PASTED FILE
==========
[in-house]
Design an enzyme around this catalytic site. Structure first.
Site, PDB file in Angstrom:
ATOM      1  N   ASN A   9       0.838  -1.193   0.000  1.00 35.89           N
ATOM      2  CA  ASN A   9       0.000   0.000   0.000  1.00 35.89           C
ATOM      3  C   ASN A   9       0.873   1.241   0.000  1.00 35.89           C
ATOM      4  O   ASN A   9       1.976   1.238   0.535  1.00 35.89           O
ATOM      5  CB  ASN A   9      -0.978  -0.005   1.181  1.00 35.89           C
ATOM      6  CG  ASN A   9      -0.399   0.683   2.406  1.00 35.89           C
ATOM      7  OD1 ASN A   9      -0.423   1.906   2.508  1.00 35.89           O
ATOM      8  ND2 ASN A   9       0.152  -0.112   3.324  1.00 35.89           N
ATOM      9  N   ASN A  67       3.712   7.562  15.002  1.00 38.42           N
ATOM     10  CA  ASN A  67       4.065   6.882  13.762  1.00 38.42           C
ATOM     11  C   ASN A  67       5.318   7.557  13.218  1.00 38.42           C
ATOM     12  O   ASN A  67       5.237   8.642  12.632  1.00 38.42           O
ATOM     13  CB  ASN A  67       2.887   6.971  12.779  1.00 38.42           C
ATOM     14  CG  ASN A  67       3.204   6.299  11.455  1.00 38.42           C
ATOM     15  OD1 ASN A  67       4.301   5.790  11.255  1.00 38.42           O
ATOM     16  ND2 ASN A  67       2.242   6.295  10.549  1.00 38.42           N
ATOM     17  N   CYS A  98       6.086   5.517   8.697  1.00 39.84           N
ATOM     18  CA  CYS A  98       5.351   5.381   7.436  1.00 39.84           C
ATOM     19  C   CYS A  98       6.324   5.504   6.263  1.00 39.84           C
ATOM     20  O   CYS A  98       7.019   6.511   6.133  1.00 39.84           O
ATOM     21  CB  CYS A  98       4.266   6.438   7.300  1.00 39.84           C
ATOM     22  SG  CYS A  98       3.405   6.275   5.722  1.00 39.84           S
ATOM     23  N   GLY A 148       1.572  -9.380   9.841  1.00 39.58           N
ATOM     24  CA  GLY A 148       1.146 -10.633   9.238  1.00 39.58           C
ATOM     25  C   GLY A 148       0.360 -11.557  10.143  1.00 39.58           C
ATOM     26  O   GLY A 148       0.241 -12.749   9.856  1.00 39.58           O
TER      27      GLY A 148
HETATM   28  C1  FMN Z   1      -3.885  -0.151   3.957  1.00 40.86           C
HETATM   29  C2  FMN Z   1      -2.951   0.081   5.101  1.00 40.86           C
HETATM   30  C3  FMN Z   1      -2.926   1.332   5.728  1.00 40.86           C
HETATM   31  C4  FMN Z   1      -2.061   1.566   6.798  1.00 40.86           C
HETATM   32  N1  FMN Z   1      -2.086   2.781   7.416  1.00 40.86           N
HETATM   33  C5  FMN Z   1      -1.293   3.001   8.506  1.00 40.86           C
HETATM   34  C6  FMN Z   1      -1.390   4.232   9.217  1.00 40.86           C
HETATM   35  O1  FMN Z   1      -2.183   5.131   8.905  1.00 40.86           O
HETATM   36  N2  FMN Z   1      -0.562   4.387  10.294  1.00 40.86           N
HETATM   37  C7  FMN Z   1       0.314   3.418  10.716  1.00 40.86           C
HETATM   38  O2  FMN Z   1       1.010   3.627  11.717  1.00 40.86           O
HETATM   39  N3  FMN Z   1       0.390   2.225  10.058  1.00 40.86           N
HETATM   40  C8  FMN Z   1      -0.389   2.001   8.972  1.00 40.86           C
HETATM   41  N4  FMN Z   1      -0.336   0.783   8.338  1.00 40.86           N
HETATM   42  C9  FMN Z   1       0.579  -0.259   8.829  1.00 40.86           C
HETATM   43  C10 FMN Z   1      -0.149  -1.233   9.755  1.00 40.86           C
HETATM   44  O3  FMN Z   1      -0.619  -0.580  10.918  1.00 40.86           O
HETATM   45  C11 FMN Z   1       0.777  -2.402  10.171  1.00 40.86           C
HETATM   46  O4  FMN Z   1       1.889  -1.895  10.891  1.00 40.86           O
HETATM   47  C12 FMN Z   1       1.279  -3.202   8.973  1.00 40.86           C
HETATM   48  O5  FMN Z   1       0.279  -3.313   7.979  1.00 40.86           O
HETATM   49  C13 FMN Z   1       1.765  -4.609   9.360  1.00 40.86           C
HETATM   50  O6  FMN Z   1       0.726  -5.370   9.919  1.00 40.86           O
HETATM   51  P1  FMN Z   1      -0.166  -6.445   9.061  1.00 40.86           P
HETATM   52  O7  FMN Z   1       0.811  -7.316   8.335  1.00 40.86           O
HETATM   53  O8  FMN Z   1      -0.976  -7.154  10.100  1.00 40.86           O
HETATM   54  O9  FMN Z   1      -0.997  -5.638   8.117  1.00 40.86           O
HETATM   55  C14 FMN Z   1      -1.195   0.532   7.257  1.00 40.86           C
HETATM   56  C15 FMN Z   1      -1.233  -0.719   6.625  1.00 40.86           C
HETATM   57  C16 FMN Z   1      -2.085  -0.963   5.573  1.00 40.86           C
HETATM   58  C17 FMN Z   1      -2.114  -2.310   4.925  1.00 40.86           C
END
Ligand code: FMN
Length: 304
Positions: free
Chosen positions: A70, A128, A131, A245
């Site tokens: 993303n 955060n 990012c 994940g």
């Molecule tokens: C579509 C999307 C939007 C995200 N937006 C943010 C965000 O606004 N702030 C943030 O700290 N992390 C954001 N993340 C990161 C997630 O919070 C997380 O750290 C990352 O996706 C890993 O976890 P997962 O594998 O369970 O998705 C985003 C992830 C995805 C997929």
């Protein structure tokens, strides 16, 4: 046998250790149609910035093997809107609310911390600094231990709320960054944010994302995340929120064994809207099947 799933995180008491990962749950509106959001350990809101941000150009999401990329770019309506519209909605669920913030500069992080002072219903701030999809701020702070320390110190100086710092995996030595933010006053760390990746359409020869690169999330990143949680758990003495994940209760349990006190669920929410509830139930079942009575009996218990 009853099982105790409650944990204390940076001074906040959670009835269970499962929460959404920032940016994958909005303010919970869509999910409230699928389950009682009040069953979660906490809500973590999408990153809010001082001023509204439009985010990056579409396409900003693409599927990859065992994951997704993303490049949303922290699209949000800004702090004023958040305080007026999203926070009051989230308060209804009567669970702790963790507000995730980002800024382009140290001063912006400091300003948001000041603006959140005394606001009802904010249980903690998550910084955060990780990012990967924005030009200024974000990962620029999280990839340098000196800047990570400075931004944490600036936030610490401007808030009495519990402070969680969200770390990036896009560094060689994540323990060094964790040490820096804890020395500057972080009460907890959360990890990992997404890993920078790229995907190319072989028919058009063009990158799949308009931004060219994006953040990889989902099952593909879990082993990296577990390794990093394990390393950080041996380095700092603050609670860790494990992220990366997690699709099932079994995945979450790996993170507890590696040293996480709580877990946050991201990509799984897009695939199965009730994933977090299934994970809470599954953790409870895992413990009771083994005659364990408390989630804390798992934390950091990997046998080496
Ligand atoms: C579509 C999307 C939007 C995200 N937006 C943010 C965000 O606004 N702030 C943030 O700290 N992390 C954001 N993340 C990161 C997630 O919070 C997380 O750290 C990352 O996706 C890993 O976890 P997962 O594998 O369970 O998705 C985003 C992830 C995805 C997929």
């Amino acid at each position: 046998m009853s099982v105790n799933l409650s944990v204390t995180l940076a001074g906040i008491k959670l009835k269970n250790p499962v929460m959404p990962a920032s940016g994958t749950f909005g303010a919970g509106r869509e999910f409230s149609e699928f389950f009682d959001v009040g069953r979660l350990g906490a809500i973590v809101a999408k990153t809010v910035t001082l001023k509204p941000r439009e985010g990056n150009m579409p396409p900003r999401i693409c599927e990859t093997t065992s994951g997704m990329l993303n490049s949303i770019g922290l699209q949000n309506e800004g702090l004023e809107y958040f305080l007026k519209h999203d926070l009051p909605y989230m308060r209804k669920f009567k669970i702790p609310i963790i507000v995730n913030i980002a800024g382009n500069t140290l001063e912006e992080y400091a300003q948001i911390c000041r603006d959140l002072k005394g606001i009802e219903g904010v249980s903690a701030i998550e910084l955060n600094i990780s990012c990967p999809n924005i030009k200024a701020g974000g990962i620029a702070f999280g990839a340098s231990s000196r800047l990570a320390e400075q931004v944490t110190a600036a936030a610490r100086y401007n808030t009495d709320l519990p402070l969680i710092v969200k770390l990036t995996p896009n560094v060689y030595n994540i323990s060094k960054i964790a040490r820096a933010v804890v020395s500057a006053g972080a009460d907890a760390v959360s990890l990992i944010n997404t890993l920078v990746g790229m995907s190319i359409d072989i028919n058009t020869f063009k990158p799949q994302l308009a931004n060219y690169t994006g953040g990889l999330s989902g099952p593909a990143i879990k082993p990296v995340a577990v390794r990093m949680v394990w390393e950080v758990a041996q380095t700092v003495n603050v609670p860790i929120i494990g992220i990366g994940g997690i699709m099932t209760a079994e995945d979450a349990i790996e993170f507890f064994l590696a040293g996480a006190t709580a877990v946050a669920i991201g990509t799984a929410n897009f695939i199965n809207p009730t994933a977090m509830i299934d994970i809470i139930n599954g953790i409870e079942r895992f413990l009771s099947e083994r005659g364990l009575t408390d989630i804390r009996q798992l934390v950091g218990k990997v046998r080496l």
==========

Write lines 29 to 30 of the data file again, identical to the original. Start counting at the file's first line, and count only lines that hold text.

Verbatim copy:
ATOM     26  O   GLY A 148       0.241 -12.749   9.856  1.00 39.58           O
TER      27      GLY A 148